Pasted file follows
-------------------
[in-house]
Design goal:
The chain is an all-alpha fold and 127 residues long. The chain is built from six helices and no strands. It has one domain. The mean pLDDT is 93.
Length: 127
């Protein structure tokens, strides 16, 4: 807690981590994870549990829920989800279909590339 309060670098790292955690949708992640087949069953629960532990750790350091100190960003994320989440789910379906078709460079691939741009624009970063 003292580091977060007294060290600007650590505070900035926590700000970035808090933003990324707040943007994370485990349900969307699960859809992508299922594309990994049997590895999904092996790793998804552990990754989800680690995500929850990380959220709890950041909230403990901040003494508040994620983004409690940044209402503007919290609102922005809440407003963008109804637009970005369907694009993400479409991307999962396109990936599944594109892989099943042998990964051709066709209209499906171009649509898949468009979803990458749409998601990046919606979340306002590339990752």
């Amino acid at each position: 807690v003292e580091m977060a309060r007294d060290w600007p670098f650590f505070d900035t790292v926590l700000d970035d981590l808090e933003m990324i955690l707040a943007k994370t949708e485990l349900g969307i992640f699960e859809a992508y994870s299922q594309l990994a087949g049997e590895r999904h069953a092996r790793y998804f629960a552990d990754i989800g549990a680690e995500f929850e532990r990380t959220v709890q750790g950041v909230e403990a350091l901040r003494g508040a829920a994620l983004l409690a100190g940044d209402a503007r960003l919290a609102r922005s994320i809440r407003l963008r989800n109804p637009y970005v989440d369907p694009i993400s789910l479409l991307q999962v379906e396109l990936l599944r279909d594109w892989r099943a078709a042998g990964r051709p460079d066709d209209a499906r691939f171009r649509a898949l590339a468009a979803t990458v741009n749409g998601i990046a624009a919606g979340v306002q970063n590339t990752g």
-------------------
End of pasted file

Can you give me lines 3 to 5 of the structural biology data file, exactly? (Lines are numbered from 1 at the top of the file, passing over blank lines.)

The chain is an all-alpha fold and 127 residues long. The chain is built from six helices and no strands. It has one domain. The mean pLDDT is 93.
Length: 127
């Protein structure tokens, strides 16, 4: 807690981590994870549990829920989800279909590339 309060670098790292955690949708992640087949069953629960532990750790350091100190960003994320989440789910379906078709460079691939741009624009970063 003292580091977060007294060290600007650590505070900035926590700000970035808090933003990324707040943007994370485990349900969307699960859809992508299922594309990994049997590895999904092996790793998804552990990754989800680690995500929850990380959220709890950041909230403990901040003494508040994620983004409690940044209402503007919290609102922005809440407003963008109804637009970005369907694009993400479409991307999962396109990936599944594109892989099943042998990964051709066709209209499906171009649509898949468009979803990458749409998601990046919606979340306002590339990752």